Altru to break ground on new facility in June

"We've found our community's feedback super valuable"

Altru will break ground on its new multi-million-dollar hospital on June 5, a day that also will include an open-house with music and a light meal.

Community members likely have seen fences go up and large equipment move into the space in preparation for utility relocation to begin at the end of April.

“We are on budget and on schedule,” said Brad Wehe, CEO of Altru.

The new hospital is now budgeted to cost $305 million.

After the groundbreaking, there will be a community celebration, Wehe said. There will be musical entertainment and a light meal, free of charge.

“We’ve found our community’s feedback super valuable,” Wehe said. “I’m proud of our region. They’ve been really involved and that has helped us.”

This new hospital comes after Altru lost the main clinic because of a structural failure in 2017. Altru leaders initially planned to rebuild the clinic, but instead decided to build a new hospital.

This new hospital will be situated on the South Columbia Road campus just north of the current emergency and urgent care entrance, where the main clinic used to stand.

The construction team will start setting steel in October, which is when Josh Kehrwald, senior project manager at JLG Architects, said passersby will start to see progress in the construction.

“Up until that point everything will be from the ground down,” Kehrwald said.

Canada-based PCL Community is doing the construction work.

Wehe said parking for patients and families will not be affected by the construction. Staff parking has been affected, however, resulting in the construction of a temporary lot near Sertoma Park in the fall.

“We’ve taken access, convenience and safety really seriously as we’ve gone through this process,” Wehe said.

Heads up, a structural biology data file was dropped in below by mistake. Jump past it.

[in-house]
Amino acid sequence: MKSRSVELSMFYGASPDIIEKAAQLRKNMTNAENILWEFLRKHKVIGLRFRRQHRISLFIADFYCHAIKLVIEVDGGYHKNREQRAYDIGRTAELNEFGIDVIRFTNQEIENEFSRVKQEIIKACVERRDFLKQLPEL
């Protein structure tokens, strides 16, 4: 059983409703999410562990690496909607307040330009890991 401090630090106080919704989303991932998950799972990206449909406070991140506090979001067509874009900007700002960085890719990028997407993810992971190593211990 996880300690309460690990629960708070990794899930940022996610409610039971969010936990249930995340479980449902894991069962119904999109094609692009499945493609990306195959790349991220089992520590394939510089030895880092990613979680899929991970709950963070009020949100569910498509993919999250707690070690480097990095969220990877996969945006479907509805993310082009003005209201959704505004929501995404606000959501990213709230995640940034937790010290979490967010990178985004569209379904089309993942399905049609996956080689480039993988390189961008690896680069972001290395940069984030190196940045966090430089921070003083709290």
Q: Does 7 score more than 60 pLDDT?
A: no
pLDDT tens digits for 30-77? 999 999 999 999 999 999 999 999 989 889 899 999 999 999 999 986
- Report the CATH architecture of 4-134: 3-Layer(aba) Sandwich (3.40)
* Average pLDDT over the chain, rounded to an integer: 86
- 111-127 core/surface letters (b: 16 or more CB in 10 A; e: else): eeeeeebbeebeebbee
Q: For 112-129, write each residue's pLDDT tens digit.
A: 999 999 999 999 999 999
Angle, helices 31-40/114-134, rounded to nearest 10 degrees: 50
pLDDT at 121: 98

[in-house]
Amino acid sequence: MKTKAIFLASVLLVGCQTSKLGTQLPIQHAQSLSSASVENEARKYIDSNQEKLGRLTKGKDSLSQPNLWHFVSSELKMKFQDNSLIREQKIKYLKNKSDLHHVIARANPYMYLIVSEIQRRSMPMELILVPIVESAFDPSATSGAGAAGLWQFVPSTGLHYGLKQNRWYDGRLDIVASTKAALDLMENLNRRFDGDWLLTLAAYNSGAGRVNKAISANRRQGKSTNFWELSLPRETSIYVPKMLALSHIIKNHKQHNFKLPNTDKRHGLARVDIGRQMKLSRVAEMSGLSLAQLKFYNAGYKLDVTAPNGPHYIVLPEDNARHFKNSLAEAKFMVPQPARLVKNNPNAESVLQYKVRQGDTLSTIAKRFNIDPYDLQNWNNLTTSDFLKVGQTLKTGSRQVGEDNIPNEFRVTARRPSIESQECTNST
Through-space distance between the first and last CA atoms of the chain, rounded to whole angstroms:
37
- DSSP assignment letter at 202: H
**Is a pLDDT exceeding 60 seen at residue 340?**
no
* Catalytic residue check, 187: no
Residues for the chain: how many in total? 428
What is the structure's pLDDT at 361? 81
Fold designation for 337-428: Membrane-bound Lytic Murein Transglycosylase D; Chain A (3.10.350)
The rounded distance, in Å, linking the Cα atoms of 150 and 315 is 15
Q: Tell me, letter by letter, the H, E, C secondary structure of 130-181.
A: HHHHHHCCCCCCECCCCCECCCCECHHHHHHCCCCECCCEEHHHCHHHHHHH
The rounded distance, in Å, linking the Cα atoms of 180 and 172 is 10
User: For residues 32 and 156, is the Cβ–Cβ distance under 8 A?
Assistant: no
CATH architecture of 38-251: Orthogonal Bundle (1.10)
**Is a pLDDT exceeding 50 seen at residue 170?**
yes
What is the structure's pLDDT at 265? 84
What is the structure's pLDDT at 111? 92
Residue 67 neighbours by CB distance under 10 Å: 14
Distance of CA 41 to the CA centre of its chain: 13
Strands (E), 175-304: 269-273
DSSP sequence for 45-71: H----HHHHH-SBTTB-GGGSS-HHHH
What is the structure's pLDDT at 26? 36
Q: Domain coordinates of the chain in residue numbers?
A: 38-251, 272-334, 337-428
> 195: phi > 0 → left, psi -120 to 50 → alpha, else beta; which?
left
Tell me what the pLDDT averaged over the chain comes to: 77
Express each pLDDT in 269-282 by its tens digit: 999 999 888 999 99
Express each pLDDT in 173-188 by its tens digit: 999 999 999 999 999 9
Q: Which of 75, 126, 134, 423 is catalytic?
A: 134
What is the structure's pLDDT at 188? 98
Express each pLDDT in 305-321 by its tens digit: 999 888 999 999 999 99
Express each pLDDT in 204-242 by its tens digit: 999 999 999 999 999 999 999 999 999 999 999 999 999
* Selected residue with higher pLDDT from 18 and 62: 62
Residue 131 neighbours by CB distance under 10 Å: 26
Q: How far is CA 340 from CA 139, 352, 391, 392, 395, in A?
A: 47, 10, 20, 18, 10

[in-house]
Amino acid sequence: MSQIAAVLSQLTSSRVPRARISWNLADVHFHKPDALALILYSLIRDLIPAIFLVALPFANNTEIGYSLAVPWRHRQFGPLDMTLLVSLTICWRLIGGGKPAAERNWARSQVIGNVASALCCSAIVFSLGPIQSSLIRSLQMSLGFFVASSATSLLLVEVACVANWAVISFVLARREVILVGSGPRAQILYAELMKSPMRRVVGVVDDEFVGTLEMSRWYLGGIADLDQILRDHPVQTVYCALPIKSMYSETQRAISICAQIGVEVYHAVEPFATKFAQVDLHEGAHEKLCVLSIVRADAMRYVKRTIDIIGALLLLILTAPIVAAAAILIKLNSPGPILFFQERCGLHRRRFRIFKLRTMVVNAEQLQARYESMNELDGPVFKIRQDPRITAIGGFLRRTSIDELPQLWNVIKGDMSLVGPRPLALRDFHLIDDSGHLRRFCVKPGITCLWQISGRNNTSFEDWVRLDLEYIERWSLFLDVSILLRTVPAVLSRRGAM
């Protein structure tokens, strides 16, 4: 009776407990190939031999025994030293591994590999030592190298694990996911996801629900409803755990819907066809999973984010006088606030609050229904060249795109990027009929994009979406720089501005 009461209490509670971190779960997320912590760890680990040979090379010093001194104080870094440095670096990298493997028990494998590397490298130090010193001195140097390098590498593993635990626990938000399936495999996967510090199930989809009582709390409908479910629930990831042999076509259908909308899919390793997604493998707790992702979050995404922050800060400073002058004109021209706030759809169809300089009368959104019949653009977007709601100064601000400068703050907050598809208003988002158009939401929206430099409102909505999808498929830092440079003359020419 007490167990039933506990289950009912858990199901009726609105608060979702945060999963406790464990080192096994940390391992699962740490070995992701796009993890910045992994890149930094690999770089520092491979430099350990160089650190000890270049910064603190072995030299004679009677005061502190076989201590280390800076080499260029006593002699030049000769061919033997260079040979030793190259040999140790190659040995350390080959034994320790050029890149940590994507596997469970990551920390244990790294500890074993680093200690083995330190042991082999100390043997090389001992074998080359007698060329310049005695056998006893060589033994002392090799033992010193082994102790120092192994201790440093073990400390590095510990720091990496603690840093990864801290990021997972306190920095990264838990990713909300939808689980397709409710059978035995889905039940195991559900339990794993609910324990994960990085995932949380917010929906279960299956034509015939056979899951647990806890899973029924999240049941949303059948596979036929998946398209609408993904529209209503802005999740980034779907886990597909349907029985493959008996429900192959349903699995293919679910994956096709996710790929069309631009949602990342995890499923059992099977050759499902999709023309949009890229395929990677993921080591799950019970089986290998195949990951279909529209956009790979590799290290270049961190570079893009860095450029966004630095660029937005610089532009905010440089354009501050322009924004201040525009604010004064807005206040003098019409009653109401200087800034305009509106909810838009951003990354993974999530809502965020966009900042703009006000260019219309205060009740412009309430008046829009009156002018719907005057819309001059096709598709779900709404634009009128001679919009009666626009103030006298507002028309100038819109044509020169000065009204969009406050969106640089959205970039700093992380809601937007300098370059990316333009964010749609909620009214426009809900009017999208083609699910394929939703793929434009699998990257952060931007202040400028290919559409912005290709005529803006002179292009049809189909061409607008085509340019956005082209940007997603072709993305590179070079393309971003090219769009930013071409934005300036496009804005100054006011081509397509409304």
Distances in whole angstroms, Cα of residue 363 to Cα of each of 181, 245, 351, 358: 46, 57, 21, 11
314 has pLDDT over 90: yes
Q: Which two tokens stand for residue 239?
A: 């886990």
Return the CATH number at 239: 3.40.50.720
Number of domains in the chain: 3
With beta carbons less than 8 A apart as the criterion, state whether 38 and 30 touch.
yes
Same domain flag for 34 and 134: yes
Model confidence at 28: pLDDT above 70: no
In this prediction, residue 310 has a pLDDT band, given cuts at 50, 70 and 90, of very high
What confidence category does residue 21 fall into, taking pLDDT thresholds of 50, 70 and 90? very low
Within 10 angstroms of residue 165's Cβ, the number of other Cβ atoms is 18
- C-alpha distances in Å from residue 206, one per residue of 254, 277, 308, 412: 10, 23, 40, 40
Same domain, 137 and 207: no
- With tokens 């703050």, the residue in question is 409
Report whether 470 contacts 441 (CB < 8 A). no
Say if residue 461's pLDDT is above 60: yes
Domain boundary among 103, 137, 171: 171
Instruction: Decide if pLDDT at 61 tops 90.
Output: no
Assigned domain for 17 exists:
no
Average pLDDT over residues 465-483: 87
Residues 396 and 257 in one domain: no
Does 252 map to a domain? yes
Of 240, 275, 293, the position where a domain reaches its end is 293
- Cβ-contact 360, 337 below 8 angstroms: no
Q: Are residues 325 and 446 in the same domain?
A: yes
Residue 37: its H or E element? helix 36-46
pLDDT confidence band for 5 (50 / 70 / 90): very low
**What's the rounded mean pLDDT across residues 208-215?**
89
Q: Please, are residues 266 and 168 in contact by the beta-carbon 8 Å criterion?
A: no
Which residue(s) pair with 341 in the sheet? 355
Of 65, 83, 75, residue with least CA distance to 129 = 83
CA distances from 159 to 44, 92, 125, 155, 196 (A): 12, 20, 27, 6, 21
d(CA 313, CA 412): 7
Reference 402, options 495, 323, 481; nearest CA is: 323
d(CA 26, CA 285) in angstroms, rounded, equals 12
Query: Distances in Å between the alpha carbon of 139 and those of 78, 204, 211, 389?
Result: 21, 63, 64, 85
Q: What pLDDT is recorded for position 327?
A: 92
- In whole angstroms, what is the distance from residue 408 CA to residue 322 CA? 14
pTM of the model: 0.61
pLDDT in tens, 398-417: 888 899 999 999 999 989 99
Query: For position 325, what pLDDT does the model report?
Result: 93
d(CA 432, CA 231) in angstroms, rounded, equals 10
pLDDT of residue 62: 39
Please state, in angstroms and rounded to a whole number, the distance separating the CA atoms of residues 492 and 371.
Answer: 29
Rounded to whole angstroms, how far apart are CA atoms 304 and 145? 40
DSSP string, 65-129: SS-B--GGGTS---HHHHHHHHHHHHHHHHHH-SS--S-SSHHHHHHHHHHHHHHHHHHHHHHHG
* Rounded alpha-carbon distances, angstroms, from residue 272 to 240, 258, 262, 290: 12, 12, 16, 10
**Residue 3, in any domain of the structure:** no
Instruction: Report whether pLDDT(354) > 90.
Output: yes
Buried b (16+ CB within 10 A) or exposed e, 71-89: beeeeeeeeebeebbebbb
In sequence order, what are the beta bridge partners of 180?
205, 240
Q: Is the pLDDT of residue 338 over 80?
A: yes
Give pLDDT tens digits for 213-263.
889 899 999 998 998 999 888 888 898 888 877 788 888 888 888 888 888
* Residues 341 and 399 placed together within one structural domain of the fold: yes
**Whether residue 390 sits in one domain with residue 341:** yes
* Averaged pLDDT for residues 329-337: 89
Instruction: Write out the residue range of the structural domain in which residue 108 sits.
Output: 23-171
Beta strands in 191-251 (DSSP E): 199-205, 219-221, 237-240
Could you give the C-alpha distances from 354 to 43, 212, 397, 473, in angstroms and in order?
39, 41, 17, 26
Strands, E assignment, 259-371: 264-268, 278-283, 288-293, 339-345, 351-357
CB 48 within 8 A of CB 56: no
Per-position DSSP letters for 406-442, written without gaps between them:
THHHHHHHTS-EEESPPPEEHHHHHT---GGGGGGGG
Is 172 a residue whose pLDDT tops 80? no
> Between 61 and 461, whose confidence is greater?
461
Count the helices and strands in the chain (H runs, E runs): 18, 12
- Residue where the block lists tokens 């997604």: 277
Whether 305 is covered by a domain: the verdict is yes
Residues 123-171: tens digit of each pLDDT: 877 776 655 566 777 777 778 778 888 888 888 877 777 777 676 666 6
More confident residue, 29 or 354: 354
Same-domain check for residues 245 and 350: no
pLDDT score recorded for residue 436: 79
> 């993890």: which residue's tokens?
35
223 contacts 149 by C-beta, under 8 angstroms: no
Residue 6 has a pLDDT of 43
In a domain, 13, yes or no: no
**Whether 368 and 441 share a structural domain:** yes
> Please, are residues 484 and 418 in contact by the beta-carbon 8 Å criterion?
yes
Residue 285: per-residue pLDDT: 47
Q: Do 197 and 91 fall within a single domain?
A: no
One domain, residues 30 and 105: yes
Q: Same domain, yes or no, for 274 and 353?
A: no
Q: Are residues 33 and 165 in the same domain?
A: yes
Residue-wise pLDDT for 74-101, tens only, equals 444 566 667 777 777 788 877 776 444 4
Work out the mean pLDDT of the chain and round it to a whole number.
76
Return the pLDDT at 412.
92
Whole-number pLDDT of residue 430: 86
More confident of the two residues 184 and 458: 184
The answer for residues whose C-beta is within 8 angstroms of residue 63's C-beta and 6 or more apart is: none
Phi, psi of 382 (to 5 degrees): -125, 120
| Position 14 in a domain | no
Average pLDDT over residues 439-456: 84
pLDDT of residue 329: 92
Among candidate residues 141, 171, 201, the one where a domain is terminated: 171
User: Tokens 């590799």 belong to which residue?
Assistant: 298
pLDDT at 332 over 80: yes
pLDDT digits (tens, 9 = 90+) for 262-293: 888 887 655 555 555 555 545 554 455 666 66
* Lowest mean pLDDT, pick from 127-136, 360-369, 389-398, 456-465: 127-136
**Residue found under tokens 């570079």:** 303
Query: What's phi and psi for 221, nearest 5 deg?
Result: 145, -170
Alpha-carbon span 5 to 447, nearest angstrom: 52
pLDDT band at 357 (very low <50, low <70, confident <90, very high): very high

One example of this, Wehe said, is vibration and noise monitors that have been installed underground on the construction site. These sensors monitor how much vibration is created from movement on the site. The sensors can then reduce the vibrations.

“We will be monitoring them closely to make sure we’re not creating problems for the cancer center or other surgical equipment,” Kehrwald said.

The hospital likely will be completed at the beginning of 2022, but will not be fully functional until some time at the “end of the third quarter” in that year.

“A hospital is a very complex building,” Kehrwald said. “We’ve got a lot of training and new technologies and processes to get used to.”

According to Kehrwald, there will be a five- to six-month period when both buildings are up, but only the current hospital will be operating.

The current facility will then be demolished and a new parking lot will be built.

In January, Altru showed Grand Forks residents what patient rooms, operating rooms, intensive care units and labor delivery rooms will look like. The health system hosted an event in a warehouse where residents could see foam mock-ups of the new hospital’s rooms.

The new rooms will be bigger than rooms in the existing hospital and there will be dedicated space for families and more access to natural light, Kehrwald previously told the Herald.

The health system also held a meeting in October of 2018 to give residents a chance to ask questions about the new facility and learn about the latest plans.

Community members can learn more about the process at a second “neighborhood meeting” on May 1.